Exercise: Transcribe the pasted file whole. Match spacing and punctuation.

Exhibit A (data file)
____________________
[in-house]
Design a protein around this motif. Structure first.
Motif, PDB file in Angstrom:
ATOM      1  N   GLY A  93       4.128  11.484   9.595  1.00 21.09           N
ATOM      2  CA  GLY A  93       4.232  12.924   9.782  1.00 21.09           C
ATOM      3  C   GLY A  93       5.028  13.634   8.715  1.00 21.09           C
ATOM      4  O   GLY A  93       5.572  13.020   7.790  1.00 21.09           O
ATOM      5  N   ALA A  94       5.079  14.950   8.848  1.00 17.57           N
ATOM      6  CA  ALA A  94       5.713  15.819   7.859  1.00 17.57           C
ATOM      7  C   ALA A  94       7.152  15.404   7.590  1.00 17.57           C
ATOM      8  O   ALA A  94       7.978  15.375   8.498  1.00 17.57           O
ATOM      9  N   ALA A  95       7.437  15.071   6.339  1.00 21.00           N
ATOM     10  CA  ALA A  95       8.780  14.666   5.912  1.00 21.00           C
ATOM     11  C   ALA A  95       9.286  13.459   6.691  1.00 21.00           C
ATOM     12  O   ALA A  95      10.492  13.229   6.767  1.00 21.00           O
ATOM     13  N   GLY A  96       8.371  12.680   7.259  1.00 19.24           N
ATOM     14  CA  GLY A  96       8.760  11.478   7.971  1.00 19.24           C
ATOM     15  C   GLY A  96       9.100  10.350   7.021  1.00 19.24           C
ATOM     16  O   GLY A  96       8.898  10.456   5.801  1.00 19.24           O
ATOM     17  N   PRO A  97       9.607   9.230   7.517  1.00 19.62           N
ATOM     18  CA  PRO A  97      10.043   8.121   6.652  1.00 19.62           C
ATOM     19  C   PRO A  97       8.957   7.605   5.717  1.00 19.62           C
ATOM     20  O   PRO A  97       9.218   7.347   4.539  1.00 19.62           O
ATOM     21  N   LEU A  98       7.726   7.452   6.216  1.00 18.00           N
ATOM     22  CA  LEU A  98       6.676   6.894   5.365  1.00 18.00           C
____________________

[in-house]
Design a protein around this motif. Structure first.
Motif, PDB file in Angstrom:
ATOM      1  N   GLY A  93       4.128  11.484   9.595  1.00 21.09           N
ATOM      2  CA  GLY A  93       4.232  12.924   9.782  1.00 21.09           C
ATOM      3  C   GLY A  93       5.028  13.634   8.715  1.00 21.09           C
ATOM      4  O   GLY A  93       5.572  13.020   7.790  1.00 21.09           O
ATOM      5  N   ALA A  94       5.079  14.950   8.848  1.00 17.57           N
ATOM      6  CA  ALA A  94       5.713  15.819   7.859  1.00 17.57           C
ATOM      7  C   ALA A  94       7.152  15.404   7.590  1.00 17.57           C
ATOM      8  O   ALA A  94       7.978  15.375   8.498  1.00 17.57           O
ATOM      9  N   ALA A  95       7.437  15.071   6.339  1.00 21.00           N
ATOM     10  CA  ALA A  95       8.780  14.666   5.912  1.00 21.00           C
ATOM     11  C   ALA A  95       9.286  13.459   6.691  1.00 21.00           C
ATOM     12  O   ALA A  95      10.492  13.229   6.767  1.00 21.00           O
ATOM     13  N   GLY A  96       8.371  12.680   7.259  1.00 19.24           N
ATOM     14  CA  GLY A  96       8.760  11.478   7.971  1.00 19.24           C
ATOM     15  C   GLY A  96       9.100  10.350   7.021  1.00 19.24           C
ATOM     16  O   GLY A  96       8.898  10.456   5.801  1.00 19.24           O
ATOM     17  N   PRO A  97       9.607   9.230   7.517  1.00 19.62           N
ATOM     18  CA  PRO A  97      10.043   8.121   6.652  1.00 19.62           C
ATOM     19  C   PRO A  97       8.957   7.605   5.717  1.00 19.62           C
ATOM     20  O   PRO A  97       9.218   7.347   4.539  1.00 19.62           O
ATOM     21  N   LEU A  98       7.726   7.452   6.216  1.00 18.00           N
ATOM     22  CA  LEU A  98       6.676   6.894   5.365  1.00 18.00           C